Grading, promotion, and assessment

Grading and promotion guidelines relaxed a bit during virtual instruction but remained largely unchanged. For instance, only 11 of 55 LEAs planned to switch to a pass/fail system, allowed individual teachers to decide grading policy, or relaxed grading guidelines overall. Assessments, however, looked dramatically different for students than they did in years prior. The most common exam administered in school year 2020-21 was the NWEA Measures of Academic Progress (MAP) assessment. To administer this test and others, 30 of 55 LEAs planned to proctor the tests remotely, 17 LEAs planned to ask students to sign integrity agreements, and a few other LEAs planned to allow students to help one another and use their notes.

These proxy testing environments demonstrate a strong effort to adapt to a virtual learning environment, but as with virtual attendance collection, they leave room for error. The variance across schools in how tests were administered makes it hard to evaluate and compare student performance. For instance, some LEAs allowed students to ask their peers for help during tests, which means their scores may not accurately reflect how much they’ve learned.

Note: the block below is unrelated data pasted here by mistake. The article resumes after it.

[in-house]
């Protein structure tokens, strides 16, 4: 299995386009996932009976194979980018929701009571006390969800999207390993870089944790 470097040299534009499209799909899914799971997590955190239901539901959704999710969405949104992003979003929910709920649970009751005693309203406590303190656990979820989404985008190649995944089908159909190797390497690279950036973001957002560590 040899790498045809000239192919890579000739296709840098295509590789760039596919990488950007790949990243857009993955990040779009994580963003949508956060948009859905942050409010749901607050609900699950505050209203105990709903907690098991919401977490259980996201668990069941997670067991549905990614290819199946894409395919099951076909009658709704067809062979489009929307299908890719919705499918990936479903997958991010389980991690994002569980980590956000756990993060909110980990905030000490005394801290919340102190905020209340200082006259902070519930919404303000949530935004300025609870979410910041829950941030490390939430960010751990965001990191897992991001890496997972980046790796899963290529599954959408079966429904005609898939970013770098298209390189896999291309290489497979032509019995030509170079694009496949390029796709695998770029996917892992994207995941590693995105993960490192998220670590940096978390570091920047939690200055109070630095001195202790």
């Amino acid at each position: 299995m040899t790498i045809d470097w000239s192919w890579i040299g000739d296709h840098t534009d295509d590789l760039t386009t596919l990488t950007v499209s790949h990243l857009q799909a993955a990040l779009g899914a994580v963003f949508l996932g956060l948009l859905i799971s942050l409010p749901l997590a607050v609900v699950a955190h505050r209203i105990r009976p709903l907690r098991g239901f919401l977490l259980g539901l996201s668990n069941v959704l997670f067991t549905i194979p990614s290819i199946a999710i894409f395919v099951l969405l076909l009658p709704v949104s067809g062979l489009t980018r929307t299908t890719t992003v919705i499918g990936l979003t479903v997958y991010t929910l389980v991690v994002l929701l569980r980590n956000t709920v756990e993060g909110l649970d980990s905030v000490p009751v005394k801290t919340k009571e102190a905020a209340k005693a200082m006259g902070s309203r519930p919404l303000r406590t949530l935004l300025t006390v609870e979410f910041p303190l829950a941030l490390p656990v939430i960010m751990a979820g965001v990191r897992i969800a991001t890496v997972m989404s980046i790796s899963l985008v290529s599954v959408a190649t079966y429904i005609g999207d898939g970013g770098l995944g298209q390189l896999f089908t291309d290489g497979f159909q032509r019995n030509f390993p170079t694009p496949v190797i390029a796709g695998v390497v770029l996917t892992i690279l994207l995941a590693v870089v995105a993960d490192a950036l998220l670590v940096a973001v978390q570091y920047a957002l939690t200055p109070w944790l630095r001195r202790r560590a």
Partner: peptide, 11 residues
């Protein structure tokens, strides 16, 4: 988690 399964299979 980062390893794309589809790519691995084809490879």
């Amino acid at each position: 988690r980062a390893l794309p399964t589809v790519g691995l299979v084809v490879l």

School spotlight: Mary McLeod Bethune Day Academy PCS adopted a two-part assessment integrity plan: it asked all families to sign testing integrity agreements that included the parameters in which families and classmates would be allowed to help students. It also described how the Internet and other resources might be used during assessments. In addition, the school used GoGuardian, a tool that allows administrators to monitor students’ screens during assessments.


 

Challenges

In addition to adapting routine procedures for a virtual environment, LEAs also had to consider what challenges students and their families might face in school year 2020-21 and develop strategies to address those challenges. The D.C. Policy Center’s State of D.C. Schools 2019-20 report identified four main challenges that the District’s education community experienced during virtual instruction: rising mental health concerns among students, a lack of access to technology or internet, infrequent or mixed communication between schools and families, and difficulties associated with serving students with disabilities and English learners. In their Continuous Education Plans, LEAs address each of these challenges, offering a range of mitigation techniques they planned to implement.

Mental health issues